The New York World uses a column and a half in discussing the question, " What do we want with Cuba?" At the risk of shocking the progressive or " manifest destiny" school of politicifins we will answer in a very few words. We don't want Cuba at all. lts people are net fit to govern themselves and cannot do so, lacking unity of race, and it is not compatible with our system of governraent or our interests as a people to enter upon a colonial system. Cuban Senatora and Represen tati ves would be as much out of their element in Congress aiding in making laws for Michigan and the Northwest as are the carpet-baggers and negroos which now misvepresent the Southern States. No, we don't want Cuba, but we do want peace established in that island so that we inay profit by trading with it. - As several bilis are pending in Con gress to restore the frankiug privilege and to give newspaper publishers free exchange and free circulatiou in the county we have a word to say. Tho last is a " sop " to the press, and purchastble Congressmen, judging editors by themselves' think that it will dull the edge of ciiticism For one we cloii't bite. No more franking privilege, and no provisión for p tyiug postage on documenta which ought never to be printed. We will cheerfully pay postage on our ex cnanges - and save money by doing so, it' Congressmen can be kept from the postal crib by our example. As to free county circulation all we ask and all publishers generally ask is discriminating rates. It is legal extortion and rank injustice to exaot the saiue postage for delivering ihe ARGUS to a subscriber in Ann Arbor, Ypsilanti, or Dexter, etc, that is charged for delivering a mammoth New York, Boston, New ürleans or Sun Francisco Journal at the same office. ■ On that rook the Western and espeuially the "country " press should ground ïtself, do termiued to make it hot for any Couuressman who does not vote right. - The N Y, Evening Pont suggests three lesson that Cougressmen ought to learn duriug their holiday vacation : " These are that the salary act of the last session must be totally repealed so tVir as it can be constitutioually ; that retrenchmen', and not inereased taxation or debt, is the way out of the present Buancial difficulty of the governinent, iimi that the Senate ought to reject the ïimiiinaiion of Attorney-General for Clnet-Justice. But th-n the Post is what Butler, the leader of the saiaiy grabbers, would brand a"dnily sheet,' and besides it makes nnfottunate reference to the press as refleeting public opinión Congress is abovo public opinión and holds the press in contempt, as the Post ought to know. - In his little af er-dinner speech at the recent New England Supper in this city, Judge Walker descri'oed the jealous ies of the early Territorial judges wno were also law-makers ; told how one of the judges who was absent when a b itch of laws was enacted, and a sytupathizing associate, put their heads togeth er and declared them unconstitutional, and estimated that this was where the judges of our present Suprerne Court found a precedent for declaring laws they do not like unconstitutional. Has Judge W. lost a case ï - " Sound the hugag." Geu. Sickles is no longer to disgrace the country at the court of Spain. He has carried out his threat and rosigned, the President hasreluctantly accepted his resignation, and Caleb Cushing has been appointed to tlie vacant mission. Cuahing is an experienced diplomatist and in the present crisis is perhaps as good a man as could be sent to Spain. It is not yet announced what new place of honor and spoils will be assigned to Sickles. A teat will have to be provided for him. - Judge Durrell, the Grant-WilliamsKellogg tooi in fastening federal and radicül misrule upon Louisiana wants to resign and accept a first-cluss mission : to escape proposcd impeachment. The Judge should hold on with a steady grip never fearing his enemies or tradueers He has been a faithful administraron henchman, and his services may yet be needed in Louisiana. - Our genial friend Don Henderson says that his ship ch nal is to start frorn Siingatuck or thereabouts and make straight for the " head waters of Lik' Erie; but then Dun consider our sugses tion about the " hot water " a sneer. We regret that Don should be so obtuse : for without a hot water attachmeut hú canal would be wurthless j ust when wanted - The Third Assistant PostmastcrGeneral has carefully reviewed the esti mutes of that department, and don't think that they can be materially reduced. Perhaps establishing postal savings banks ank tiiking control of tho teleg'aphic. eystem of the country might increase the revenue. - Report credits Senator Cnrpetiter with saying thsit the nomiuation of Wil liams to be chief justice will not be con tirmed : which is to be taken with considerable allowance. A Senate which ccyild eleut Cnrpenter to be its President pro tem. ought not to higgle over Williams. - The St. Louis Democrat (Republican organ) intimares that Senator Booth may be the proper candidate for President in 1876; that is if the old Senators tread on his corns to rndely. And ' dares the Democrat flaunt a red rag in : the face of Grant? ! - In a stanza of Young concerning i Fame or " the love of fame," that poet says " the modest shun it but to make it sure," , and it may be with the same end in view ( :hat Forney protests thaf ho does not want to be Mayor of Philadelphia. ( - Moses W. Field the Detroit " boun' ty-grabber " has tendered a gift of $5,, 000 to the Park Commissioners with which to commence operations. Moses ' s prooably ignorant of the maxim, "Be ï ust bef oro being generous." - The secoud trial of ex-Mayor Hall, t 9f New York üity, was concluded last week by his acquittal. - The Supreme Court will meet in 'egular term, a Lausing, ou Tuesday i. 3Tt, Jacuary 6tt q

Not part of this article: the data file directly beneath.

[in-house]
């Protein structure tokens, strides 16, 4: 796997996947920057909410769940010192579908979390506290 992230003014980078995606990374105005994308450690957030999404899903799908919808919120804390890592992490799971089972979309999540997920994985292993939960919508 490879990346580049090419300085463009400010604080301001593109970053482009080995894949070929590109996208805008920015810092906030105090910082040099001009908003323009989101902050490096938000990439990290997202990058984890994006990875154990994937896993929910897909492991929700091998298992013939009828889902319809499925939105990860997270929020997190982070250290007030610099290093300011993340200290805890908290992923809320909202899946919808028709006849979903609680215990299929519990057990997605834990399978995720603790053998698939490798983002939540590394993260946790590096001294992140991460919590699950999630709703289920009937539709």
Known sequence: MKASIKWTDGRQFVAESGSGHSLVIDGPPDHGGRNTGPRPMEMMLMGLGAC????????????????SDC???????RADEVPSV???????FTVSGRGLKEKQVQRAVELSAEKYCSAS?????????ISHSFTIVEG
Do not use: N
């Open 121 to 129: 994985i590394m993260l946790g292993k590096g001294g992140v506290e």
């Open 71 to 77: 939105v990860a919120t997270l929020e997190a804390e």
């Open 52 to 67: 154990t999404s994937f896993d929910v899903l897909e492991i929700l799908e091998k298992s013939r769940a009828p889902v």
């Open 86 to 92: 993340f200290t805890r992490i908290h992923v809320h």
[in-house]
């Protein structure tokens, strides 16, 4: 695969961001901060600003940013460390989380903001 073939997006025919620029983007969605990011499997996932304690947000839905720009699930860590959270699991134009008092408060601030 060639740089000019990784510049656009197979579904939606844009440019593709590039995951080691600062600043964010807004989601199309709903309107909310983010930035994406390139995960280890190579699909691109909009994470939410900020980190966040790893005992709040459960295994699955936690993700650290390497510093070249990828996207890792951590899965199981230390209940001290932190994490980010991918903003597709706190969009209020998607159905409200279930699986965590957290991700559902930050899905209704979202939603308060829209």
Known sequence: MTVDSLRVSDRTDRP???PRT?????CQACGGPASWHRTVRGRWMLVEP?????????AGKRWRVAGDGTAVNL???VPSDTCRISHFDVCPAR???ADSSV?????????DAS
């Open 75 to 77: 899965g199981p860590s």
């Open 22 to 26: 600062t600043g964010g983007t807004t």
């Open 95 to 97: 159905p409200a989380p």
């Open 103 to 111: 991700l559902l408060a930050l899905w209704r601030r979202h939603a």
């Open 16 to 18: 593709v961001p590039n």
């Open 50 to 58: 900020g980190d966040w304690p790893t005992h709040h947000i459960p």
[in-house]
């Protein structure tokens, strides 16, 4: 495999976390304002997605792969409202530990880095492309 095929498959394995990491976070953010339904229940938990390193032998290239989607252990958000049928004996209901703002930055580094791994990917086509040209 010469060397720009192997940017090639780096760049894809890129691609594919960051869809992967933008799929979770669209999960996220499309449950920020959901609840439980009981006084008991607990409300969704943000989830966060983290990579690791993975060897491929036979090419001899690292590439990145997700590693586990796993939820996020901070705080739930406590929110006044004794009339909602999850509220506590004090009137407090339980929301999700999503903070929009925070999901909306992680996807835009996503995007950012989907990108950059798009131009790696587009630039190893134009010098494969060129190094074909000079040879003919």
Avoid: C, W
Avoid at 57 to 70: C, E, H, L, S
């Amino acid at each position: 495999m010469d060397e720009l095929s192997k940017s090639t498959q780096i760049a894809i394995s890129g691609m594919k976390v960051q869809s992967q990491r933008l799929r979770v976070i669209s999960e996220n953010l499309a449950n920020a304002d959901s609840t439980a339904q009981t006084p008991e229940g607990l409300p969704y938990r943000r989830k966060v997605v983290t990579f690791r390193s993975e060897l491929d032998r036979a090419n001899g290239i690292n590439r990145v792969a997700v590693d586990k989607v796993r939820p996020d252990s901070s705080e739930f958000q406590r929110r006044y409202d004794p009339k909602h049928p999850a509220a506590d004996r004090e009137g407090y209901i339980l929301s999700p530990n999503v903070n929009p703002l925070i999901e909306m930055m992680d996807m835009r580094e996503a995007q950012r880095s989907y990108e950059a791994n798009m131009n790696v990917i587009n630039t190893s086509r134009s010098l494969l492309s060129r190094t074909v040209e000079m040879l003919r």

Old News
Michigan Argus